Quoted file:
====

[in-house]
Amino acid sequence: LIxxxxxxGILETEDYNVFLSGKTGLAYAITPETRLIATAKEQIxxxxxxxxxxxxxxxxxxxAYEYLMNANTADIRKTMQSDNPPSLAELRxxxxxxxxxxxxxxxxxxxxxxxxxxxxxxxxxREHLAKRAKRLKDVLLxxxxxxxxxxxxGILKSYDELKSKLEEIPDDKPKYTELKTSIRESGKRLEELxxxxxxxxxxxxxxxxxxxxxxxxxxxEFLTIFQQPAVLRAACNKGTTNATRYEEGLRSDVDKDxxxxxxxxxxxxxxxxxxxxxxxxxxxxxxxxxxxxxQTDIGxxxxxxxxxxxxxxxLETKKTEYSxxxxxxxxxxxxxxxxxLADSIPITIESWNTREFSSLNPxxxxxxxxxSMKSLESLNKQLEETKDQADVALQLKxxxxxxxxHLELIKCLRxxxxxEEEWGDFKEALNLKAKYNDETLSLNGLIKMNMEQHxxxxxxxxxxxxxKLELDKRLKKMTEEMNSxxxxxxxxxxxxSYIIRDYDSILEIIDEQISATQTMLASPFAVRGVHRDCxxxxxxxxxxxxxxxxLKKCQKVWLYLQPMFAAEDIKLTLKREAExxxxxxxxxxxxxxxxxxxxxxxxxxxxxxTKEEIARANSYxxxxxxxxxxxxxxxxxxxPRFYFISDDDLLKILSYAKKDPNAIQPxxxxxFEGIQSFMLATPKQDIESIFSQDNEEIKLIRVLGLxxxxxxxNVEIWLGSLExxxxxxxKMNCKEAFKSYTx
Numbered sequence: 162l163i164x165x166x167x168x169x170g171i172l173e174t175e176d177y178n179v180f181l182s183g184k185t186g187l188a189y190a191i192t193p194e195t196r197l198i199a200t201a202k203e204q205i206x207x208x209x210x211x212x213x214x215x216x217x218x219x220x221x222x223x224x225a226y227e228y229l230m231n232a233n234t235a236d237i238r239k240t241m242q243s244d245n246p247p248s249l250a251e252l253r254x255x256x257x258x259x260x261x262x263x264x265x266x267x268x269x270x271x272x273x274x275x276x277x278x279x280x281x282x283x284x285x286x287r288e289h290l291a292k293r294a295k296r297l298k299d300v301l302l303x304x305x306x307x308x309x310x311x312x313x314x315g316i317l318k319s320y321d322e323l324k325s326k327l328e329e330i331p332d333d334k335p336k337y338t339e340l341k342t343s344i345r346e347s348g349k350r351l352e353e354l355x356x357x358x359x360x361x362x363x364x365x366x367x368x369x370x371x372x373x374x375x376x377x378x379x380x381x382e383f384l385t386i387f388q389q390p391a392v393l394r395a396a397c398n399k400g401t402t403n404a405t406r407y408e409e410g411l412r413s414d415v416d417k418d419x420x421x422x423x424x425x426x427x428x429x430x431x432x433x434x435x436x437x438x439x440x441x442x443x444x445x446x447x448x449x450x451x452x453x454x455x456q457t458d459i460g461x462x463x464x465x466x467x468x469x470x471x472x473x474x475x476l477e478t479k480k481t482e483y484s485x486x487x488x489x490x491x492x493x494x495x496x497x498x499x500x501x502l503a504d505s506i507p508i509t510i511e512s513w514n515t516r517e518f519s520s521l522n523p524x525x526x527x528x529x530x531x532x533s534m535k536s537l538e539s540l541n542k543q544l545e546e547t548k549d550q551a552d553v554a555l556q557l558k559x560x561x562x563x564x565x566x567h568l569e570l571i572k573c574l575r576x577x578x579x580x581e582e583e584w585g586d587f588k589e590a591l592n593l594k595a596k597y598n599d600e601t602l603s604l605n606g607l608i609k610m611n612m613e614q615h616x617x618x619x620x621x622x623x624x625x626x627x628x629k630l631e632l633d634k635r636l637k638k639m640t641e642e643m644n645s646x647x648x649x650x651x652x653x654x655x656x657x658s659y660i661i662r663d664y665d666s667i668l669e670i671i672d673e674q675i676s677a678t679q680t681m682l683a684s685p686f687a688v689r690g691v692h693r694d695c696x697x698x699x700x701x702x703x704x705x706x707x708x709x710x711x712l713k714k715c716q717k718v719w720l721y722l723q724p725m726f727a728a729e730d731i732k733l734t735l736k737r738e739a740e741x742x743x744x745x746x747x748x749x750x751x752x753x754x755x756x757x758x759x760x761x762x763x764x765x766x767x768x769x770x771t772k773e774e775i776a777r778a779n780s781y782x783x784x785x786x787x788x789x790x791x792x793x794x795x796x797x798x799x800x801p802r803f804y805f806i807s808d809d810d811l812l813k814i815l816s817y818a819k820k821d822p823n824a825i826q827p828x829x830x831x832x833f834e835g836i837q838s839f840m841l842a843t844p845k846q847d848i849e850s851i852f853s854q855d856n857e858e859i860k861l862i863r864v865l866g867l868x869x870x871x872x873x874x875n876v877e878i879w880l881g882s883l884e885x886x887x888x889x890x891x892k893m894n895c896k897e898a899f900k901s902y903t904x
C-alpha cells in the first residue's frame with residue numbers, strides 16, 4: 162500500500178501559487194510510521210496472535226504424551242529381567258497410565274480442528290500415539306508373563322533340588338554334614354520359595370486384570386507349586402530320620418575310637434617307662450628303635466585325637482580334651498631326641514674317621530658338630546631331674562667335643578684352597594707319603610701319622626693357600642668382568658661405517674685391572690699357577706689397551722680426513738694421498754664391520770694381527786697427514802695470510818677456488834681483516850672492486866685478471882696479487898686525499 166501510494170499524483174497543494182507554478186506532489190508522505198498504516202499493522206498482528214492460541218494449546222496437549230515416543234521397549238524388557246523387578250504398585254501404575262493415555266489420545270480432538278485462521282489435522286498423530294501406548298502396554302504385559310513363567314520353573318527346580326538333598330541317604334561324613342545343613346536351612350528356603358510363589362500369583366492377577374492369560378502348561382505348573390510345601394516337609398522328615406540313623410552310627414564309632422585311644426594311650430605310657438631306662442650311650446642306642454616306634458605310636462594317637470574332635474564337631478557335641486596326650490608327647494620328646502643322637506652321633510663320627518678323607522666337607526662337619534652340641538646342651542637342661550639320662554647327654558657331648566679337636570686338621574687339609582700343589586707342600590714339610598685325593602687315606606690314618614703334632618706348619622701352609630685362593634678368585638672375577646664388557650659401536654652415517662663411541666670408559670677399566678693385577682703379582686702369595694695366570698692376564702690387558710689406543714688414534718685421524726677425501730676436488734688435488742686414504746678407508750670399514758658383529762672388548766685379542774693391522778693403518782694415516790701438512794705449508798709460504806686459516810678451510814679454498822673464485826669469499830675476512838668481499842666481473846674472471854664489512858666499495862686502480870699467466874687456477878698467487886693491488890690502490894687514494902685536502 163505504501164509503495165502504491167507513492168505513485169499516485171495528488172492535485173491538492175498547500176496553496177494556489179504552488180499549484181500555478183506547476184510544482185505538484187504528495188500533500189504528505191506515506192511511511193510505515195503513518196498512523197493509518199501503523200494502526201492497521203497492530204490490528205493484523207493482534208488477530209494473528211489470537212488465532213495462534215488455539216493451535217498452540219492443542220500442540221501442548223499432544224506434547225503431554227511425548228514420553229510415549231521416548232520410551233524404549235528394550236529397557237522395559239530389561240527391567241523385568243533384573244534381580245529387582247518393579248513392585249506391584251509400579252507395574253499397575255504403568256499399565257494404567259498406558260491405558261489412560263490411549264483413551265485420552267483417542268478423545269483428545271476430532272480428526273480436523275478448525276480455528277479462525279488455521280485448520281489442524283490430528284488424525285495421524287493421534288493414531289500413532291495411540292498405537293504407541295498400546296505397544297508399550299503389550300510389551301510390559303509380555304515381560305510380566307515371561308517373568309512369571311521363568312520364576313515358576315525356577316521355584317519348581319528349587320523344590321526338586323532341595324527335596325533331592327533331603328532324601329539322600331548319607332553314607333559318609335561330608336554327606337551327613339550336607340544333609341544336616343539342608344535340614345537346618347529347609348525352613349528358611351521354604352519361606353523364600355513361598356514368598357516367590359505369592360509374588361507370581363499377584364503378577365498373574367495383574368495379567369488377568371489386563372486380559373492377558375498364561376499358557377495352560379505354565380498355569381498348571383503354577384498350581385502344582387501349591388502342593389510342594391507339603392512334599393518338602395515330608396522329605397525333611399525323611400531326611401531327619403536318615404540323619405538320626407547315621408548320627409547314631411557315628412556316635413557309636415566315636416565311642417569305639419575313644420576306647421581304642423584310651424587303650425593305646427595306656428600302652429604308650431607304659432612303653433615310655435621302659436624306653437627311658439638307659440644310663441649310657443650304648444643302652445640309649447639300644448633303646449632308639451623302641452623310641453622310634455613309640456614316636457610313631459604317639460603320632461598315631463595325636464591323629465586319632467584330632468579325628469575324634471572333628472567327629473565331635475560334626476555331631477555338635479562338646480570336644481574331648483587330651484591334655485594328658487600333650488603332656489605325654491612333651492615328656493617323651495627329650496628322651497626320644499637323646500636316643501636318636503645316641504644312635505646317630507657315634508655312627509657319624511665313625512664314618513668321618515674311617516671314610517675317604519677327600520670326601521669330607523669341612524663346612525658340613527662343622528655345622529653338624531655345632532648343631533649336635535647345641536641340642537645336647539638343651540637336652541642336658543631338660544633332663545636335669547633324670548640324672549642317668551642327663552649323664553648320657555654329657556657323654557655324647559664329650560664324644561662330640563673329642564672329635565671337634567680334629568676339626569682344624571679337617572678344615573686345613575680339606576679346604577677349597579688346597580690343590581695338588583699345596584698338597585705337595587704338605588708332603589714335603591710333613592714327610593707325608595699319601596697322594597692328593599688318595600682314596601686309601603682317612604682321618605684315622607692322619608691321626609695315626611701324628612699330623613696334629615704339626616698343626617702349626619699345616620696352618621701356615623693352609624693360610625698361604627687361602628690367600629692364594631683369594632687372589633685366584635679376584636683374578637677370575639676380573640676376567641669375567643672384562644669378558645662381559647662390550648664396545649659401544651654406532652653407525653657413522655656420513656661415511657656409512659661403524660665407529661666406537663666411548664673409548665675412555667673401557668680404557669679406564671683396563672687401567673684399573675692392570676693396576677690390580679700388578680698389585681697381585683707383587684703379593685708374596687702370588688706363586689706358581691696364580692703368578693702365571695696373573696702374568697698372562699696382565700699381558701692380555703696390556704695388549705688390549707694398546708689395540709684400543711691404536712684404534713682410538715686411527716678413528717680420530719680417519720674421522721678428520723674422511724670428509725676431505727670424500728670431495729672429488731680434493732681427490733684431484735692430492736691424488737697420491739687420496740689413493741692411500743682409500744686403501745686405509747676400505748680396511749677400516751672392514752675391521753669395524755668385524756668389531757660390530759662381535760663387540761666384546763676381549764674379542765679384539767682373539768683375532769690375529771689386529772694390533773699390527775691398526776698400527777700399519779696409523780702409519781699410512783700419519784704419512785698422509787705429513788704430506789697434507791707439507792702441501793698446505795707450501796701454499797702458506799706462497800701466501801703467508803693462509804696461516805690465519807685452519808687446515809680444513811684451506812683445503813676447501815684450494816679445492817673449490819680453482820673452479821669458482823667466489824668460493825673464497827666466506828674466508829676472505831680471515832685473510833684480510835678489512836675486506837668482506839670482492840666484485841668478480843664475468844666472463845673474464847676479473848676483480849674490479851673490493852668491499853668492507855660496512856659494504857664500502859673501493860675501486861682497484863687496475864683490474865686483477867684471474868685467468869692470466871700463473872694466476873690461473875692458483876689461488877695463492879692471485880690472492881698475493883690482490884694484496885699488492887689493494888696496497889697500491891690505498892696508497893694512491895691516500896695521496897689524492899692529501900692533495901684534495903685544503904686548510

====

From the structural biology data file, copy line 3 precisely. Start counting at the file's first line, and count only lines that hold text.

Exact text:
Numbered sequence: 162l163i164x165x166x167x168x169x170g171i172l173e174t175e176d177y178n179v180f181l182s183g184k185t186g187l188a189y190a191i192t193p194e195t196r197l198i199a200t201a202k203e204q205i206x207x208x209x210x211x212x213x214x215x216x217x218x219x220x221x222x223x224x225a226y227e228y229l230m231n232a233n234t235a236d237i238r239k240t241m242q243s244d245n246p247p248s249l250a251e252l253r254x255x256x257x258x259x260x261x262x263x264x265x266x267x268x269x270x271x272x273x274x275x276x277x278x279x280x281x282x283x284x285x286x287r288e289h290l291a292k293r294a295k296r297l298k299d300v301l302l303x304x305x306x307x308x309x310x311x312x313x314x315g316i317l318k319s320y321d322e323l324k325s326k327l328e329e330i331p332d333d334k335p336k337y338t339e340l341k342t343s344i345r346e347s348g349k350r351l352e353e354l355x356x357x358x359x360x361x362x363x364x365x366x367x368x369x370x371x372x373x374x375x376x377x378x379x380x381x382e383f384l385t386i387f388q389q390p391a392v393l394r395a396a397c398n399k400g401t402t403n404a405t406r407y408e409e410g411l412r413s414d415v416d417k418d419x420x421x422x423x424x425x426x427x428x429x430x431x432x433x434x435x436x437x438x439x440x441x442x443x444x445x446x447x448x449x450x451x452x453x454x455x456q457t458d459i460g461x462x463x464x465x466x467x468x469x470x471x472x473x474x475x476l477e478t479k480k481t482e483y484s485x486x487x488x489x490x491x492x493x494x495x496x497x498x499x500x501x502l503a504d505s506i507p508i509t510i511e512s513w514n515t516r517e518f519s520s521l522n523p524x525x526x527x528x529x530x531x532x533s534m535k536s537l538e539s540l541n542k543q544l545e546e547t548k549d550q551a552d553v554a555l556q557l558k559x560x561x562x563x564x565x566x567h568l569e570l571i572k573c574l575r576x577x578x579x580x581e582e583e584w585g586d587f588k589e590a591l592n593l594k595a596k597y598n599d600e601t602l603s604l605n606g607l608i609k610m611n612m613e614q615h616x617x618x619x620x621x622x623x624x625x626x627x628x629k630l631e632l633d634k635r636l637k638k639m640t641e642e643m644n645s646x647x648x649x650x651x652x653x654x655x656x657x658s659y660i661i662r663d664y665d666s667i668l669e670i671i672d673e674q675i676s677a678t679q680t681m682l683a684s685p686f687a688v689r690g691v692h693r694d695c696x697x698x699x700x701x702x703x704x705x706x707x708x709x710x711x712l713k714k715c716q717k718v719w720l721y722l723q724p725m726f727a728a729e730d731i732k733l734t735l736k737r738e739a740e741x742x743x744x745x746x747x748x749x750x751x752x753x754x755x756x757x758x759x760x761x762x763x764x765x766x767x768x769x770x771t772k773e774e775i776a777r778a779n780s781y782x783x784x785x786x787x788x789x790x791x792x793x794x795x796x797x798x799x800x801p802r803f804y805f806i807s808d809d810d811l812l813k814i815l816s817y818a819k820k821d822p823n824a825i826q827p828x829x830x831x832x833f834e835g836i837q838s839f840m841l842a843t844p845k846q847d848i849e850s851i852f853s854q855d856n857e858e859i860k861l862i863r864v865l866g867l868x869x870x871x872x873x874x875n876v877e878i879w880l881g882s883l884e885x886x887x888x889x890x891x892k893m894n895c896k897e898a899f900k901s902y903t904x